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Let $ax^2 + bxy + cy^2$ be a binary quadratic form over $\mathbb{Z}$. Let $D = b^2 - 4ac$ be its discriminant. It is easy to see that $D \equiv 0$ (mod $4$) or $D \equiv 1$ (mod $4$).

Conversely suppose $D$ is a non-square integer such that $D \equiv 0$ (mod $4$) or $D \equiv 1$ (mod $4$). Then there exists the principal form of discriminant $D$(see this question).

Let $K$ be an algebraic number field of degree $n$. An order of $K$ is a subring $R$ of $K$ such that $R$ is a free $\mathbb{Z}$-module of rank $n$. Let $\alpha_1, \cdots, \alpha_n$ be a basis of $R$ as a $\mathbb{Z}$-module. Let $d = det(Tr_{K/\mathbb{Q}}(\alpha_i\alpha_j))$. It is easy to see that $d$ is independent of a choice of a basis of $R$. We call $d$ the discriminant of $R$.

Is the following proposition true? If yes, how do we prove it?

Proposition Let $D$ be a non-square integer such that $D \equiv 0$ (mod $4$) or $D \equiv 1$ (mod $4$). Then there exists an order $R$ of a quadratic number field $K$ such that the discriminant of $R$ is $D$. $K$ and $R$ are uniquely determined by $D$.

Conversely let $R$ be an order of a quadratic number field $K$. Let $D$ be the discriminant of $R$. Then $D$ is a non-square integer such that $D \equiv 0$ (mod $4$) or $D \equiv 1$ (mod $4$).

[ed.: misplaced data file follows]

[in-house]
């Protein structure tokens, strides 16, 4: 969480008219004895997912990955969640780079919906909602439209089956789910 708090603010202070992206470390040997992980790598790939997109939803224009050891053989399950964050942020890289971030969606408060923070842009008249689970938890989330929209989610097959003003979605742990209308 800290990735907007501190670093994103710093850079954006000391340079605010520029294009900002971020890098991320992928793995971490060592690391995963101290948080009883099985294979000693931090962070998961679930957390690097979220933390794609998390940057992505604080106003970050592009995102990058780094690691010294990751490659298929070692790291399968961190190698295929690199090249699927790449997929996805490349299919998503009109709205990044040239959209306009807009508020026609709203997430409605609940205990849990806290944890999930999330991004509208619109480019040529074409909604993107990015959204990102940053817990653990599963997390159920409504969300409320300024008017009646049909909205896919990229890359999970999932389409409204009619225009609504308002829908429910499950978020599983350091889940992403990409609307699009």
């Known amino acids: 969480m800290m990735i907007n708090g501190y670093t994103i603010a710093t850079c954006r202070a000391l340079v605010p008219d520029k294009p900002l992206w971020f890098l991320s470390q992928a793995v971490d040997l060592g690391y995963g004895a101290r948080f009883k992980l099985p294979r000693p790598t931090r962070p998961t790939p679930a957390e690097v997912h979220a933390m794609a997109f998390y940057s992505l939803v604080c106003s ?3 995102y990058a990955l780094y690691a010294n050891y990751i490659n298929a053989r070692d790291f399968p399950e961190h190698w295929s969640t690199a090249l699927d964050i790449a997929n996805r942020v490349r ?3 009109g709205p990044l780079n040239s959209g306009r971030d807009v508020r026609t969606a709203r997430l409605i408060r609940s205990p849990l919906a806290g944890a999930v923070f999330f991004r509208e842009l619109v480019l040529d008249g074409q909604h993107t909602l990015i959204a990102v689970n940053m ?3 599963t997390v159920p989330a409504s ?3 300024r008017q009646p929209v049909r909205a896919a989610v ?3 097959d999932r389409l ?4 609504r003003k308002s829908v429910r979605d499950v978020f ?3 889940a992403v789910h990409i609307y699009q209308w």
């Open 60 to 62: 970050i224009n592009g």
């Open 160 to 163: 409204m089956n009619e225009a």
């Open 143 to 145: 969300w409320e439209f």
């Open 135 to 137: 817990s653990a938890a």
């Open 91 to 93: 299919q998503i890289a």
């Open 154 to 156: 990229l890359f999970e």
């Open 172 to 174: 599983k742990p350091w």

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1 Answer 1

By my answer to this question, $D$ can be written uniquely as $D = f^2 d$, where $f \gt 0$ is an integer and $d$ is the discriminant of a unique quadratic number field $K$. By my answer to this question, there exists a unique order $R$ of $K$ such that $f$ is the order of the group $\mathcal{O}_K/R$ and its discriminant is $D = f^2d$.

It remains to prove the last assertion. Let $1, \omega$ be the canonical integral basis of $K$(see the definition in my answer to this question). Let $f$ be the order of the group $\mathcal{O}_K/R$. By my answer to this question, $D = f^2 d$. By Lemma 8 in my answer to this question, $d$ is a non-square integer. Hence $D$ is a non-square integer. By Lemma 7 in my answer to this question, $d \equiv 0$ (mod $4$) or $d \equiv 1$ (mod $4$). Since $f^2 \equiv 0$ (mod $4$) or $f^2 \equiv 1$ (mod $4$), $D \equiv 0$ (mod $4$) or $D \equiv 1$ (mod $4$) as desired.

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